Date of Award


Degree Type


Degree Name

Doctor of Philosophy (PhD)


Physics and Astronomy

First Advisor

Sidong Lei


This dissertation examines the importance of open-sourced scientific instrumentation in two-dimensional (2D) material research. 2D materials are gaining attention due to their extraordinary electrical, mechanical, optical, and thermal properties and their potential to transform various fields. However, studying these materials often requires complex and expensive scientific instrumentation, which can limit the accessibility and progress of research. The study explores the potential of open-source software and hardware in scientific instrumentation, and its role in democratizing access, fostering collaboration, and accelerating innovation.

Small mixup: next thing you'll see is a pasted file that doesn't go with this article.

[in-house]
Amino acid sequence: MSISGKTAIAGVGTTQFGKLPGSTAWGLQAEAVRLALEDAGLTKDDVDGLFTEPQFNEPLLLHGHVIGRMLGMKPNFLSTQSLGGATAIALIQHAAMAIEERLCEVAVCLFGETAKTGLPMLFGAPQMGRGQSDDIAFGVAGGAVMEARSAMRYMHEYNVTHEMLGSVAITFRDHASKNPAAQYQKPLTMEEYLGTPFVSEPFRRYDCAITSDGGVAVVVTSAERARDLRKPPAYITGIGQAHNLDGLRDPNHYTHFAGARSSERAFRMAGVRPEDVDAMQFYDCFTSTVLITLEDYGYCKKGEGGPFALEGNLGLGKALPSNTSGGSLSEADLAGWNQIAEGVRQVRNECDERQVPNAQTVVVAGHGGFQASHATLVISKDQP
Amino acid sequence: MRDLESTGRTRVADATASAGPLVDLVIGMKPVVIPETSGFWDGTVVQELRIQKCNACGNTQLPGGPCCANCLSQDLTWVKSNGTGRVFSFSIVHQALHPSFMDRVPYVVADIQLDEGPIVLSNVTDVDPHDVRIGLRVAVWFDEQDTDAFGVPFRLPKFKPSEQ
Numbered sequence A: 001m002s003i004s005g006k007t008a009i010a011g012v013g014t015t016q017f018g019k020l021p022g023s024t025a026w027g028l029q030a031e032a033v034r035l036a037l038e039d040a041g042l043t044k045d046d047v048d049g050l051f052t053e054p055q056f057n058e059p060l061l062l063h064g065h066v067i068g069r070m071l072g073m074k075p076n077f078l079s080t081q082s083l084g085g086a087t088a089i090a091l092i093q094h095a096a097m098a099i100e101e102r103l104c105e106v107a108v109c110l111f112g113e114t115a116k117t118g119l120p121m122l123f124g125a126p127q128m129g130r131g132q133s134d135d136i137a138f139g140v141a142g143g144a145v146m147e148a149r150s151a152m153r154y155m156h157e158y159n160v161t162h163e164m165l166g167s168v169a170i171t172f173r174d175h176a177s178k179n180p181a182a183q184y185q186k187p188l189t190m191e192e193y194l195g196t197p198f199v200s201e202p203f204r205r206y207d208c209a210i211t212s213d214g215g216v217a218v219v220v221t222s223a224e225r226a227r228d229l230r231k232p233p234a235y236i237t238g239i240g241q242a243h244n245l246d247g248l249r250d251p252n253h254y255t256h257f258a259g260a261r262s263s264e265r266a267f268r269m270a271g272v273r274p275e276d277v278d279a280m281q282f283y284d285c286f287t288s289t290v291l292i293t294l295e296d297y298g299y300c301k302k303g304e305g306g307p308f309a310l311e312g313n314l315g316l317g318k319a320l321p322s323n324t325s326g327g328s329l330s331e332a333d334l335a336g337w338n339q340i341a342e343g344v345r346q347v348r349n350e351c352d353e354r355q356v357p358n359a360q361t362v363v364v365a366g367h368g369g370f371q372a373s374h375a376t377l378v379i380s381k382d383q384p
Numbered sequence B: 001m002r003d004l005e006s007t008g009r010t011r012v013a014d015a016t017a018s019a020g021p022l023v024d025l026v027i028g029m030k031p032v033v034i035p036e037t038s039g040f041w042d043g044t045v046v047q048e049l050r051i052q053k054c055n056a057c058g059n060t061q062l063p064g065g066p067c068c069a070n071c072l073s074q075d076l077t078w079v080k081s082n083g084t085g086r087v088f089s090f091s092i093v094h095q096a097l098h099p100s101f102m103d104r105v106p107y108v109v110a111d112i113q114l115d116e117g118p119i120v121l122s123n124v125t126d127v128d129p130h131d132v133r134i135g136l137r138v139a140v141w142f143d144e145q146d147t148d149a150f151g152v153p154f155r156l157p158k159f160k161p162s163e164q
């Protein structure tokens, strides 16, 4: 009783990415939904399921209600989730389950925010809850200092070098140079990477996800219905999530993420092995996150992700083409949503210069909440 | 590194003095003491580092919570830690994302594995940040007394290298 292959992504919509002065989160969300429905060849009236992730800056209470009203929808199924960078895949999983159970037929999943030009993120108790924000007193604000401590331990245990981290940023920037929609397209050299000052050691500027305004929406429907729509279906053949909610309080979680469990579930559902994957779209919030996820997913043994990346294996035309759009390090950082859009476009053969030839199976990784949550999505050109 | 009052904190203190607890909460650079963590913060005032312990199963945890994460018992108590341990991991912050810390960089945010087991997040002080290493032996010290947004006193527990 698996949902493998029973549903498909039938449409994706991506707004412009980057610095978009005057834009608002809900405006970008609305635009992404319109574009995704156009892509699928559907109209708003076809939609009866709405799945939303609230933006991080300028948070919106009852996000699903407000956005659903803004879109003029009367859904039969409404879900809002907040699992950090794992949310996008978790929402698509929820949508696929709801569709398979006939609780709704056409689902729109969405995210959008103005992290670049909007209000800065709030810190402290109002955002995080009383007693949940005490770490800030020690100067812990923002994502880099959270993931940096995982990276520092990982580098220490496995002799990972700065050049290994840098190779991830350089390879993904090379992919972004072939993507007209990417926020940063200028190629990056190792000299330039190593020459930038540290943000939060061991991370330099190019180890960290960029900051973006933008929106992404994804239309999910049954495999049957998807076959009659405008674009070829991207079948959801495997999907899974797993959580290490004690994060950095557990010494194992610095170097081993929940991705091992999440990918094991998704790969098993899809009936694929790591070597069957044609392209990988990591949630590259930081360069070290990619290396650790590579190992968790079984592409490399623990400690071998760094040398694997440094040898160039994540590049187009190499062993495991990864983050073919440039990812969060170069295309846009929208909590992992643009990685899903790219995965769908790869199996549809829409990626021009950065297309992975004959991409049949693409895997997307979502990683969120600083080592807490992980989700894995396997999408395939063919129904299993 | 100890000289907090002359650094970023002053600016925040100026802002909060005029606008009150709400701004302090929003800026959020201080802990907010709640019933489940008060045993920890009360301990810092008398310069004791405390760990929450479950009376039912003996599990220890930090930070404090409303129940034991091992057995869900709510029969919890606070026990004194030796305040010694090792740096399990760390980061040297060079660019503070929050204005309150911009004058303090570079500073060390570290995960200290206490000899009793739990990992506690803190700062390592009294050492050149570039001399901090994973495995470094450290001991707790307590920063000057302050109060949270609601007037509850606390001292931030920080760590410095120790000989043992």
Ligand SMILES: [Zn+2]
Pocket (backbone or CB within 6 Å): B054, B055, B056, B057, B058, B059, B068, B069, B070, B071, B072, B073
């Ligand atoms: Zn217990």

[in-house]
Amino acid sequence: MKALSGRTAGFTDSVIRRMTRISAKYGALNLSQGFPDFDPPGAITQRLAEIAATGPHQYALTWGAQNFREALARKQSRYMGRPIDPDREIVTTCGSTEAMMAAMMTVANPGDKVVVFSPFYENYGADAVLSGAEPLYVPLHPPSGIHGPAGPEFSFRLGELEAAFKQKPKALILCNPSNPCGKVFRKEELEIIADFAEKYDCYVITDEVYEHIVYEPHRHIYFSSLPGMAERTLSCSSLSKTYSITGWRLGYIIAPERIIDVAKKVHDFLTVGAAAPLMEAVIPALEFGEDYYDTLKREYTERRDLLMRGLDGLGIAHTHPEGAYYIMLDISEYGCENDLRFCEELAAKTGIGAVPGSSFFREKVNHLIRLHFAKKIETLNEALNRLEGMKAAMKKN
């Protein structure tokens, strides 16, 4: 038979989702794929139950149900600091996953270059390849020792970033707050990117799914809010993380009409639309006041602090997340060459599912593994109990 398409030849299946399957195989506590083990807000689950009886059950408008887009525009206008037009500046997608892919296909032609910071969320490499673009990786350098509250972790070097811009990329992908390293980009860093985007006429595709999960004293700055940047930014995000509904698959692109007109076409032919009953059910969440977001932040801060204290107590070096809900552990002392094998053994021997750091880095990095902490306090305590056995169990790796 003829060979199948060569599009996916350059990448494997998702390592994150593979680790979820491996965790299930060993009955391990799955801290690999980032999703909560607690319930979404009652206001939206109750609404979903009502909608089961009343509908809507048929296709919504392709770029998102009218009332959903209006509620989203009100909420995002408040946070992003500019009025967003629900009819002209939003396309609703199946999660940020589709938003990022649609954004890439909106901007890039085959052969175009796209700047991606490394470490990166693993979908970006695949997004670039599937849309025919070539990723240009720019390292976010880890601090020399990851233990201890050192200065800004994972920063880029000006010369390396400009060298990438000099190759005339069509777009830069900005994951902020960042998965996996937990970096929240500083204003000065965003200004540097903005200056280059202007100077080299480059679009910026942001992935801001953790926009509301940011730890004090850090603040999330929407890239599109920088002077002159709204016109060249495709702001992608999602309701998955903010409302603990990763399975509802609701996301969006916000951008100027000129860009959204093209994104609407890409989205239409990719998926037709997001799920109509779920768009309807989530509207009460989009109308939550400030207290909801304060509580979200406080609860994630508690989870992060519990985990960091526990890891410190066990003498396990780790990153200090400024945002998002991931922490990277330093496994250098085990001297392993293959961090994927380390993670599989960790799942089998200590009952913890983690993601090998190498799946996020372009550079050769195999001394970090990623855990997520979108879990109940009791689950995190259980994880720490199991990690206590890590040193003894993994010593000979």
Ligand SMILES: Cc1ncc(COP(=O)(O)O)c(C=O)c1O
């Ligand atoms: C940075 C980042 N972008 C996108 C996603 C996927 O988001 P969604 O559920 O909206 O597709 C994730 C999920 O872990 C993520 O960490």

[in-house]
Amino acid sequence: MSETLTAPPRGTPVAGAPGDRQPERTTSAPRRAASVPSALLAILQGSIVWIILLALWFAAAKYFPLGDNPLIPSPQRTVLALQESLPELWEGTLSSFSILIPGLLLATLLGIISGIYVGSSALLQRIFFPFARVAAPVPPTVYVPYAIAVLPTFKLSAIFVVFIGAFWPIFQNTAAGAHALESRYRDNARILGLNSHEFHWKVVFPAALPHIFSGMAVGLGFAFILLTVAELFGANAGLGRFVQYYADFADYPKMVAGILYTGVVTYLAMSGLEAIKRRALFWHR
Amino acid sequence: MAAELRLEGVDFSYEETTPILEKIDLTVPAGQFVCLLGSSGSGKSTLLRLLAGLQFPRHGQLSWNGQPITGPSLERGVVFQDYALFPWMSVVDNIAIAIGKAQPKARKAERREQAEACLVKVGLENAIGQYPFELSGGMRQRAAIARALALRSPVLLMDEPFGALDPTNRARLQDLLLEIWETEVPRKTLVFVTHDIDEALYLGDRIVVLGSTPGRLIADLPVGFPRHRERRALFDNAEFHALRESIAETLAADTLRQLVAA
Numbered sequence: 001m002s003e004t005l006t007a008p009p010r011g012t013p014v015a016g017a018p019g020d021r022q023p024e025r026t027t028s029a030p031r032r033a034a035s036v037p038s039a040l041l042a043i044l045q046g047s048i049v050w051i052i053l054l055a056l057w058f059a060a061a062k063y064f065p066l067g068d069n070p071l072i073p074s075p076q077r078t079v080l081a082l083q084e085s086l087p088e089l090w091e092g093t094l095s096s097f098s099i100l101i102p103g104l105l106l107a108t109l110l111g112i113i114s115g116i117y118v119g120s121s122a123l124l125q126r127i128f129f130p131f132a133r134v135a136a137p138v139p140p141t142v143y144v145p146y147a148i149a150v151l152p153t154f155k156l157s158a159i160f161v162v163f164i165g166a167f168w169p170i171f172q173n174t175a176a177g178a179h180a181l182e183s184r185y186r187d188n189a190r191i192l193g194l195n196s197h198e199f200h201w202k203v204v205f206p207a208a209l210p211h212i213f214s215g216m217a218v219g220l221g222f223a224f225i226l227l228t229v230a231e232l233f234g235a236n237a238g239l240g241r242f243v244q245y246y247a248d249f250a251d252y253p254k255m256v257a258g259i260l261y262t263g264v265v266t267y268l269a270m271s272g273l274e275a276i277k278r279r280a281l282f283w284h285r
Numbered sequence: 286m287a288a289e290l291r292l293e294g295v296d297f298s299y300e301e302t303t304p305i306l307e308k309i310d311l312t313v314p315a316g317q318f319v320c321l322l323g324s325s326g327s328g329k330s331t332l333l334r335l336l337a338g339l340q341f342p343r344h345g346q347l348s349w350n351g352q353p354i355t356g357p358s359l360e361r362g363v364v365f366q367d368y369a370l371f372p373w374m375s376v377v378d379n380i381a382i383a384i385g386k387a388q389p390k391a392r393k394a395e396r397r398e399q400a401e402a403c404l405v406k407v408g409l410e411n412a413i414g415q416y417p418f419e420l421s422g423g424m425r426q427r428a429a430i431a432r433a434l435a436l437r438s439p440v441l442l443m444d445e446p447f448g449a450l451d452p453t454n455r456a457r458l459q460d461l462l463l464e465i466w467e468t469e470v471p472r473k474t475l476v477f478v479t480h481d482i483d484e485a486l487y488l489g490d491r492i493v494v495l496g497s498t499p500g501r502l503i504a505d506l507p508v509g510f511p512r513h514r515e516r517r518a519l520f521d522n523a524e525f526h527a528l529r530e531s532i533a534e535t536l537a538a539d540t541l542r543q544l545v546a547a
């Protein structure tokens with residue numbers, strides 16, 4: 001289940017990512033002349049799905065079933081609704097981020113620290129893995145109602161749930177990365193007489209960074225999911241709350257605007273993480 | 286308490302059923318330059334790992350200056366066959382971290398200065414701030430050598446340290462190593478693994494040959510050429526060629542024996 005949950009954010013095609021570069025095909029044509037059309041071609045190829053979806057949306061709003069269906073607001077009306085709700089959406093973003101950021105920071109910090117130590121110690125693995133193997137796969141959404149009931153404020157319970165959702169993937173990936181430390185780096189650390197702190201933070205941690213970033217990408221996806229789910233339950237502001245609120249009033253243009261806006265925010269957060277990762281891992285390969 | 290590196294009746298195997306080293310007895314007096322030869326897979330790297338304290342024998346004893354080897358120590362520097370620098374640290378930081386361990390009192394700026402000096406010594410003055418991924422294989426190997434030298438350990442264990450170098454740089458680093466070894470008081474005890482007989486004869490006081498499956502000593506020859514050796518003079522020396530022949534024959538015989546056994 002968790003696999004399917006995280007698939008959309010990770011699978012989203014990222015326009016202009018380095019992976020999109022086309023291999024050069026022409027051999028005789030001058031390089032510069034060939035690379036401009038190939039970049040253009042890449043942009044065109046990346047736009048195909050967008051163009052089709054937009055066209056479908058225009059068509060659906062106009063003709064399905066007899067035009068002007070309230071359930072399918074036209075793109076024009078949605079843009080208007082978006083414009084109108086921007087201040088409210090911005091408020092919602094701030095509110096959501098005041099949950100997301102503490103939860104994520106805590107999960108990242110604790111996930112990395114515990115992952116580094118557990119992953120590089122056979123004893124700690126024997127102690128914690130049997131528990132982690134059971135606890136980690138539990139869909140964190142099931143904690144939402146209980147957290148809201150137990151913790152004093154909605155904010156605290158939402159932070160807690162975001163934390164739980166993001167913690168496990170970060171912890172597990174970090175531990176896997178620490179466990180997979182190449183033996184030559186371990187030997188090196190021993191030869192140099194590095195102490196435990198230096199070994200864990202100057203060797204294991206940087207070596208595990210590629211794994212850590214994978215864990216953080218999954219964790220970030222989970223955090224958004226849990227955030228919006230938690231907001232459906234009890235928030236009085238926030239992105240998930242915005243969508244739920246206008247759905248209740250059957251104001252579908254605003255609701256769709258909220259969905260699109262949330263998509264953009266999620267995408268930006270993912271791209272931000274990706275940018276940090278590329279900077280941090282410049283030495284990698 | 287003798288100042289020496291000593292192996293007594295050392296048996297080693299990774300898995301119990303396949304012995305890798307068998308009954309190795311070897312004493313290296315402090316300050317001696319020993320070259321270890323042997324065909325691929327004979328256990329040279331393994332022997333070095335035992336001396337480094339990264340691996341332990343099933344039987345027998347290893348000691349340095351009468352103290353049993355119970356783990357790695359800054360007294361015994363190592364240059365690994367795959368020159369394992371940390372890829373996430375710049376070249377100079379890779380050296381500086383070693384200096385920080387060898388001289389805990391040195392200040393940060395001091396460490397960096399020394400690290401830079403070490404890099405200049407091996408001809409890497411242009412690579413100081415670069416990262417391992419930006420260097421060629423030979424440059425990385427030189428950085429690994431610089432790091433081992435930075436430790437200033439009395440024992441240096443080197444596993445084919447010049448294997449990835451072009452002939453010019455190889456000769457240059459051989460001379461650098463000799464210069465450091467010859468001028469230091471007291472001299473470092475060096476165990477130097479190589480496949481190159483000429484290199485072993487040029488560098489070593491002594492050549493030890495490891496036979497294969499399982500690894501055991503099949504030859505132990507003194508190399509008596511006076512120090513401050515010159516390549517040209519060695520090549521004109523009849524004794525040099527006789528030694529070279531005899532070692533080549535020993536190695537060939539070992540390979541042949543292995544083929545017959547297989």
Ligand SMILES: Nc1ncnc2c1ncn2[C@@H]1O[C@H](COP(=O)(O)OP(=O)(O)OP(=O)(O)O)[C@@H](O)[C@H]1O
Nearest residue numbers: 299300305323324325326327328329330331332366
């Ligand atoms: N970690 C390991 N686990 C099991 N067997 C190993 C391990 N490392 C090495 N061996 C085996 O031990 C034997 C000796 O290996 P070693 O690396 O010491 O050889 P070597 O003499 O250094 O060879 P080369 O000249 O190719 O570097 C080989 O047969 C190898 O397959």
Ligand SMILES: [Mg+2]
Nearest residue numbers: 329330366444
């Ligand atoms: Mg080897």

The study presents two instruments implemented for 2D material research, using only open-source software and hardware, and demonstrates experiments conducted with these instruments. Additionally, the study explores broader implications of open-sourced scientific instrumentation by demonstrating a motorized variable filter stage and retractable leadless pacemaker. The dissertation concludes by emphasizing the critical role of open-source instruments in the advancement of material science and the broader scientific community and the need for ongoing support and engagement to fully realize their potential.


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